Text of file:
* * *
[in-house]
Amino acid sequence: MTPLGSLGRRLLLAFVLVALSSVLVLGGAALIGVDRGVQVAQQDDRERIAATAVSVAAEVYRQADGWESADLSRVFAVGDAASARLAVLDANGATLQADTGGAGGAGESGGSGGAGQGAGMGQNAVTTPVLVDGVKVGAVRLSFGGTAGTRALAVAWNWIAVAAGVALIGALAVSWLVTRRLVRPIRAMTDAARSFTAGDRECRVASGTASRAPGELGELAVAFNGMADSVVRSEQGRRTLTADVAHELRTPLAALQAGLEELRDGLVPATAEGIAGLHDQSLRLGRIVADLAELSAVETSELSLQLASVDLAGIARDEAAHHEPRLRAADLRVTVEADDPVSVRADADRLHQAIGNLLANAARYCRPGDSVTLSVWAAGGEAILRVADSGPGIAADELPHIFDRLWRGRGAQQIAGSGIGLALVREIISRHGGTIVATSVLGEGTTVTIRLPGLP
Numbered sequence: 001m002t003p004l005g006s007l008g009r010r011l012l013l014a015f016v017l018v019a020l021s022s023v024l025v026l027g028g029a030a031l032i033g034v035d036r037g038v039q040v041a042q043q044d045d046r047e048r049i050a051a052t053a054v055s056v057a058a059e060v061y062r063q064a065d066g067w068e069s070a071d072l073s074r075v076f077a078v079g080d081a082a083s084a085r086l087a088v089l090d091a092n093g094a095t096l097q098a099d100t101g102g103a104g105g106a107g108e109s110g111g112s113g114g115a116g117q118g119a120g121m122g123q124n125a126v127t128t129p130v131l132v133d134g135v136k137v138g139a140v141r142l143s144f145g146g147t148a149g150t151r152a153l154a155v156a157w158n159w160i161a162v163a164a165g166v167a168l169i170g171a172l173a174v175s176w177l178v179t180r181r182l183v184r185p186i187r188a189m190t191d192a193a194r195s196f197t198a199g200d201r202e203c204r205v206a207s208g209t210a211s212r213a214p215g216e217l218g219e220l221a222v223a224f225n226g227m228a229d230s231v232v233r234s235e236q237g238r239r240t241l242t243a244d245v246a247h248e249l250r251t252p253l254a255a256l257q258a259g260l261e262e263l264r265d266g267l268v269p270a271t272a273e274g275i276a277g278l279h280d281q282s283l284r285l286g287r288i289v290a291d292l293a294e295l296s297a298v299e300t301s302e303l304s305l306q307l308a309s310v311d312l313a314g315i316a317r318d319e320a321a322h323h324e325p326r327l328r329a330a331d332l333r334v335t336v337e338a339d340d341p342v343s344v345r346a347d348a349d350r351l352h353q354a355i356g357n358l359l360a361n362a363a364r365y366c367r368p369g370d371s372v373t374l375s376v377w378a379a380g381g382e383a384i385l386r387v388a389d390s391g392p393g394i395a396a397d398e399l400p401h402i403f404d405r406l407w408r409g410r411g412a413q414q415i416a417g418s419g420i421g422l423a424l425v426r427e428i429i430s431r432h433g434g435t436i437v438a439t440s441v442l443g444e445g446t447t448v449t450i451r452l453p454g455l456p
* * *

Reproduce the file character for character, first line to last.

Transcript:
[in-house]
Amino acid sequence: MTPLGSLGRRLLLAFVLVALSSVLVLGGAALIGVDRGVQVAQQDDRERIAATAVSVAAEVYRQADGWESADLSRVFAVGDAASARLAVLDANGATLQADTGGAGGAGESGGSGGAGQGAGMGQNAVTTPVLVDGVKVGAVRLSFGGTAGTRALAVAWNWIAVAAGVALIGALAVSWLVTRRLVRPIRAMTDAARSFTAGDRECRVASGTASRAPGELGELAVAFNGMADSVVRSEQGRRTLTADVAHELRTPLAALQAGLEELRDGLVPATAEGIAGLHDQSLRLGRIVADLAELSAVETSELSLQLASVDLAGIARDEAAHHEPRLRAADLRVTVEADDPVSVRADADRLHQAIGNLLANAARYCRPGDSVTLSVWAAGGEAILRVADSGPGIAADELPHIFDRLWRGRGAQQIAGSGIGLALVREIISRHGGTIVATSVLGEGTTVTIRLPGLP
Numbered sequence: 001m002t003p004l005g006s007l008g009r010r011l012l013l014a015f016v017l018v019a020l021s022s023v024l025v026l027g028g029a030a031l032i033g034v035d036r037g038v039q040v041a042q043q044d045d046r047e048r049i050a051a052t053a054v055s056v057a058a059e060v061y062r063q064a065d066g067w068e069s070a071d072l073s074r075v076f077a078v079g080d081a082a083s084a085r086l087a088v089l090d091a092n093g094a095t096l097q098a099d100t101g102g103a104g105g106a107g108e109s110g111g112s113g114g115a116g117q118g119a120g121m122g123q124n125a126v127t128t129p130v131l132v133d134g135v136k137v138g139a140v141r142l143s144f145g146g147t148a149g150t151r152a153l154a155v156a157w158n159w160i161a162v163a164a165g166v167a168l169i170g171a172l173a174v175s176w177l178v179t180r181r182l183v184r185p186i187r188a189m190t191d192a193a194r195s196f197t198a199g200d201r202e203c204r205v206a207s208g209t210a211s212r213a214p215g216e217l218g219e220l221a222v223a224f225n226g227m228a229d230s231v232v233r234s235e236q237g238r239r240t241l242t243a244d245v246a247h248e249l250r251t252p253l254a255a256l257q258a259g260l261e262e263l264r265d266g267l268v269p270a271t272a273e274g275i276a277g278l279h280d281q282s283l284r285l286g287r288i289v290a291d292l293a294e295l296s297a298v299e300t301s302e303l304s305l306q307l308a309s310v311d312l313a314g315i316a317r318d319e320a321a322h323h324e325p326r327l328r329a330a331d332l333r334v335t336v337e338a339d340d341p342v343s344v345r346a347d348a349d350r351l352h353q354a355i356g357n358l359l360a361n362a363a364r365y366c367r368p369g370d371s372v373t374l375s376v377w378a379a380g381g382e383a384i385l386r387v388a389d390s391g392p393g394i395a396a397d398e399l400p401h402i403f404d405r406l407w408r409g410r411g412a413q414q415i416a417g418s419g420i421g422l423a424l425v426r427e428i429i430s431r432h433g434g435t436i437v438a439t440s441v442l443g444e445g446t447t448v449t450i451r452l453p454g455l456p